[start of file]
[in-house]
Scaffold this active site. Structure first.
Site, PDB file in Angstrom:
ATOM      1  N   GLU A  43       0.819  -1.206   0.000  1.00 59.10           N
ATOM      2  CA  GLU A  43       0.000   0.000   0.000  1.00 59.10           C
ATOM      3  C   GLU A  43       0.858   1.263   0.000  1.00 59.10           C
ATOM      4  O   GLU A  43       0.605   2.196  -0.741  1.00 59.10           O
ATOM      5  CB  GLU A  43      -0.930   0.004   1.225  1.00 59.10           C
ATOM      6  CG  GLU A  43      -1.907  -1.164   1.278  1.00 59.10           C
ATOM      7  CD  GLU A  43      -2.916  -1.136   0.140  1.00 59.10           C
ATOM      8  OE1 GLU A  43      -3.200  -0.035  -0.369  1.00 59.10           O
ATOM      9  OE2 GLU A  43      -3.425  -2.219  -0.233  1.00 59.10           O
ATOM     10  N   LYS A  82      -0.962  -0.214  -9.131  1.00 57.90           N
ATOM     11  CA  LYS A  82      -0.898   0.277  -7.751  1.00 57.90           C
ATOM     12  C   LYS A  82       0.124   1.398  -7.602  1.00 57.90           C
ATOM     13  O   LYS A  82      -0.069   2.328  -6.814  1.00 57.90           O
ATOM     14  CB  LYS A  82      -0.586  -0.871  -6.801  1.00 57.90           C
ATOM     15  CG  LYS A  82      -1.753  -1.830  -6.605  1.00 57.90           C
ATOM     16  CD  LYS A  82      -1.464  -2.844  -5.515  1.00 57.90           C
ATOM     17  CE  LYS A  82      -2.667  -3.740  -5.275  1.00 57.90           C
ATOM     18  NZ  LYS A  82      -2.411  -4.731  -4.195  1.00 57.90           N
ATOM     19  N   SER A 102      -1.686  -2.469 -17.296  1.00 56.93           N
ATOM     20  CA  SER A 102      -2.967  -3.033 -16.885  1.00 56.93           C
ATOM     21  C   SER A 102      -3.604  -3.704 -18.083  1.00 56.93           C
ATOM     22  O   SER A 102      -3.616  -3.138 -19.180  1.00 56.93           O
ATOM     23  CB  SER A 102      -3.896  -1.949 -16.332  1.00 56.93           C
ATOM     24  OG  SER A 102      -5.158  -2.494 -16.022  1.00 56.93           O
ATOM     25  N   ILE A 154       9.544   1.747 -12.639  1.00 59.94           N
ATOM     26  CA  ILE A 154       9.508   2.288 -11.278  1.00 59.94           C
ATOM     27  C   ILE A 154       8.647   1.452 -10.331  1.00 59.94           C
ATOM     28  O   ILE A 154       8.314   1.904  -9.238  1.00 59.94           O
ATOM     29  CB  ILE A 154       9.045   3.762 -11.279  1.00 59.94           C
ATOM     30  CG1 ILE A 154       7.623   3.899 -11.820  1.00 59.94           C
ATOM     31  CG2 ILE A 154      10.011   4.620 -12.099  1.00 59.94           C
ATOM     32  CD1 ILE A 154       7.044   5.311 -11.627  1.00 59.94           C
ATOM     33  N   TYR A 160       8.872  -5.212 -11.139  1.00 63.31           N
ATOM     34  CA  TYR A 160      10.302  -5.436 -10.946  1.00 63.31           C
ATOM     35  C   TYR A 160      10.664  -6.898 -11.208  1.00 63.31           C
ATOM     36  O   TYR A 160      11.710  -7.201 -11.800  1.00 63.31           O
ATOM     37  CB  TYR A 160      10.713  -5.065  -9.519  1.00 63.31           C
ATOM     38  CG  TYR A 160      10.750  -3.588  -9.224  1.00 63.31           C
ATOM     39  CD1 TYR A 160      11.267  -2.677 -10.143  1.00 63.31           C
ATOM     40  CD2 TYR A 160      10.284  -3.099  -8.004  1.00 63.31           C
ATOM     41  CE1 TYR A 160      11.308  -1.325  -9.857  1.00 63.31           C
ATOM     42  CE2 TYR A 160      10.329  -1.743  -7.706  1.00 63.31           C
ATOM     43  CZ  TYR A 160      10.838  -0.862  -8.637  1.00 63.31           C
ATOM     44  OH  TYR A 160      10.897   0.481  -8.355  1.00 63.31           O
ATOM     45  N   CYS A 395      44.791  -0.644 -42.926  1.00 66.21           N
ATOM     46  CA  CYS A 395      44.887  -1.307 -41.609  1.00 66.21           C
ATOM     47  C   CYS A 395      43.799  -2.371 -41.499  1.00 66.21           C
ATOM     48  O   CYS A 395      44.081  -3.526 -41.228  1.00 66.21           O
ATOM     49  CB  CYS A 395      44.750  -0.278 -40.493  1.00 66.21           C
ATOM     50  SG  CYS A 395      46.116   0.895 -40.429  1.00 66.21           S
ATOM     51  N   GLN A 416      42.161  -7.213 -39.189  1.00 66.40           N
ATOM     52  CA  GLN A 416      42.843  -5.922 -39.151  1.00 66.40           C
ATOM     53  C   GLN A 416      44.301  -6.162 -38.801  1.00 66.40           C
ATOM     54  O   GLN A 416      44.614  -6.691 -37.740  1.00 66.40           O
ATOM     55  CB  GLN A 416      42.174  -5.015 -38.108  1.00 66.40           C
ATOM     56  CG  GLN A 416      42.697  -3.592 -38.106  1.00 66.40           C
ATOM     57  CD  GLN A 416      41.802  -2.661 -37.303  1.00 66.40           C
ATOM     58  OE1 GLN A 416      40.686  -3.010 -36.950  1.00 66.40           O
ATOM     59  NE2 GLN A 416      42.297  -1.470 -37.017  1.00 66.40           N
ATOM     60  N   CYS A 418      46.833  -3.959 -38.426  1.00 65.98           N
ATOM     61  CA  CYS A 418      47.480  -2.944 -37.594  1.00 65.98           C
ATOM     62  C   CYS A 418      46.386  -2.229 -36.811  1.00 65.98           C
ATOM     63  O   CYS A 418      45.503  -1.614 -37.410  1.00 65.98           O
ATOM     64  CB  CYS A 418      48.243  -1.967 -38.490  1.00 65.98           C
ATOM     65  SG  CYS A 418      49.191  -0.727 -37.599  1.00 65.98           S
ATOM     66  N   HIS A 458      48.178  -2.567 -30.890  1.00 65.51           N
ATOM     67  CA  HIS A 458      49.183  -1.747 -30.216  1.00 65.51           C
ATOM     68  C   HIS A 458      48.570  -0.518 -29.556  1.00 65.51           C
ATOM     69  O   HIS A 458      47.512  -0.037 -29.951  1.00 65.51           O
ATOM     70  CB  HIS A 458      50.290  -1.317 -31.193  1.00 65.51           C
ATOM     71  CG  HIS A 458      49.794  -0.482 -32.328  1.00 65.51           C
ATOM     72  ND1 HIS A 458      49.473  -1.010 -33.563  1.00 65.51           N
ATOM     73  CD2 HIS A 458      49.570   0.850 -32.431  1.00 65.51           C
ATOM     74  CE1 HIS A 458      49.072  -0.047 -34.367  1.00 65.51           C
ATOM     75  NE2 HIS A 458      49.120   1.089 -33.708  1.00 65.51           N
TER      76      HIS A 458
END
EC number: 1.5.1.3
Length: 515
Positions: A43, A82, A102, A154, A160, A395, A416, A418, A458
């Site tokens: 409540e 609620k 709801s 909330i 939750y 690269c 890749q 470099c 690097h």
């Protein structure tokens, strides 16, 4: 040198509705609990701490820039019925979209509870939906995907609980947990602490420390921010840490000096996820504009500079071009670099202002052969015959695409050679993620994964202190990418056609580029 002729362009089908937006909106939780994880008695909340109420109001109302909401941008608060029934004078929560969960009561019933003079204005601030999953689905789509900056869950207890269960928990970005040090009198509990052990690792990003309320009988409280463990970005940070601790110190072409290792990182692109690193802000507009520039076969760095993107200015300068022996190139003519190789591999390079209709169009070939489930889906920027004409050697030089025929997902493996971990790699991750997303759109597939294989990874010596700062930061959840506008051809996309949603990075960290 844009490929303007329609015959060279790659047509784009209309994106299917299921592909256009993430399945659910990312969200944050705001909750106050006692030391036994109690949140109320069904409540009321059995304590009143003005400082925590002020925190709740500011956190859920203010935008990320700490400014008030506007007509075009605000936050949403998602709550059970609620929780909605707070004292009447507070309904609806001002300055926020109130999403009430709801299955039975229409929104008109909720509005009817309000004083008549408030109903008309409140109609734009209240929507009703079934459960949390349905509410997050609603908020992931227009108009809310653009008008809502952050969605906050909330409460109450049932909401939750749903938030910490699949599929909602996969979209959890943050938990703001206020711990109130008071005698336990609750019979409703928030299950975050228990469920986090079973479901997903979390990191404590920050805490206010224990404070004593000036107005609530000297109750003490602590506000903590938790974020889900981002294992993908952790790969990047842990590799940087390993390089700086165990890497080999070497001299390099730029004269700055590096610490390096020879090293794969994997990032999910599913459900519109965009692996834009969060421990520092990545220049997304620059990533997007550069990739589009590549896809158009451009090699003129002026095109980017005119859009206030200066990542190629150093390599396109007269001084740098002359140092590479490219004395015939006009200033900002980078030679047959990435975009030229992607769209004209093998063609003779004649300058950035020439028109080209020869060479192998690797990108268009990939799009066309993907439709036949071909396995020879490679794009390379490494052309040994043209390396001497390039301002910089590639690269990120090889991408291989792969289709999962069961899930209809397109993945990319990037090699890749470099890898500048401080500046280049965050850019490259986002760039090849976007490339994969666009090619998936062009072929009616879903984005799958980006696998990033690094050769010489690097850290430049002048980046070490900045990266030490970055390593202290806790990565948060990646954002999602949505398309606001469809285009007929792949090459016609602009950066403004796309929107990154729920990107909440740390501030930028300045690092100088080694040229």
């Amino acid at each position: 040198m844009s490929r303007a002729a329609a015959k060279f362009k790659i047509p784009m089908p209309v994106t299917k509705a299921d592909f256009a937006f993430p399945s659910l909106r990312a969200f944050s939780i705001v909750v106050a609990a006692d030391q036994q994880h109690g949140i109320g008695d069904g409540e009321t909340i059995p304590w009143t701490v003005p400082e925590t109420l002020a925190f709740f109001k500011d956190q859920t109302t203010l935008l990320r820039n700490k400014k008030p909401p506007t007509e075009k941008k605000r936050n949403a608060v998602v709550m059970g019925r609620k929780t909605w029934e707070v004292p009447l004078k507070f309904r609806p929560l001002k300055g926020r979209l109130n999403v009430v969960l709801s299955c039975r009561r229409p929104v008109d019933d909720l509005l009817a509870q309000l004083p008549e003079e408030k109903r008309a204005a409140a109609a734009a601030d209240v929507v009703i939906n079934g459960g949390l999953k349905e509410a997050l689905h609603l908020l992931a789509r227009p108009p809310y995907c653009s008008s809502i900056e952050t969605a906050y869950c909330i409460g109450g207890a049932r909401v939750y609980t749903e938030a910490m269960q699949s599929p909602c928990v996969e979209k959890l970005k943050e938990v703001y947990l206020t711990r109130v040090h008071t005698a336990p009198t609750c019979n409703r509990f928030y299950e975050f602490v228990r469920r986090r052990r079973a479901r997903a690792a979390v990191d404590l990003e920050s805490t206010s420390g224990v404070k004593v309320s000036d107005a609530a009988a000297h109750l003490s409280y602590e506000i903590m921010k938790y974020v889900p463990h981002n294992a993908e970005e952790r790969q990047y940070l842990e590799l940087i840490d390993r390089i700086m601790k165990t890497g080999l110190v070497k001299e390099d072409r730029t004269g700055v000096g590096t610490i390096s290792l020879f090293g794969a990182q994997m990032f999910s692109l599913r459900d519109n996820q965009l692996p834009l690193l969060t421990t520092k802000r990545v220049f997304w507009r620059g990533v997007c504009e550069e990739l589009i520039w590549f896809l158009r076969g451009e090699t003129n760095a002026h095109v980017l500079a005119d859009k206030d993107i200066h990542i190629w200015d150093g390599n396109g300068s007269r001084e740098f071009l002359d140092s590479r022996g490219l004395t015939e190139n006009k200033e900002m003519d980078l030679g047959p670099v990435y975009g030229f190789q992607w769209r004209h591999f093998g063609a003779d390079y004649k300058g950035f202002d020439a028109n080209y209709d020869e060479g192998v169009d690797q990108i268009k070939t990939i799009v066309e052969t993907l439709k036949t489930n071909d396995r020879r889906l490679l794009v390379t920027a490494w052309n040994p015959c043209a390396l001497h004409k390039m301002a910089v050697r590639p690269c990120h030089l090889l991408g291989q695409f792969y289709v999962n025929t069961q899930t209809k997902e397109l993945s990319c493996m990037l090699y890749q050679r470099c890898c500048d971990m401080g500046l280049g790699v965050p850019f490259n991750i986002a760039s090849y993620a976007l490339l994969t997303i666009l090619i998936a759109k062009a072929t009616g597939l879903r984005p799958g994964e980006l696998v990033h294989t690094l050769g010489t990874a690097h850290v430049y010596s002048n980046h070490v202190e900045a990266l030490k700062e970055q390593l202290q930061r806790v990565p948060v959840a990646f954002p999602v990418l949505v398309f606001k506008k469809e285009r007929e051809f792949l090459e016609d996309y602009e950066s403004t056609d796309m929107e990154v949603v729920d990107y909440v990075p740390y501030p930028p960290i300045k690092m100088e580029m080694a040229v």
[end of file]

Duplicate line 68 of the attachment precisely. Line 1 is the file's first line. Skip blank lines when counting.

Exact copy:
ATOM     65  SG  CYS A 418      49.191  -0.727 -37.599  1.00 65.98           S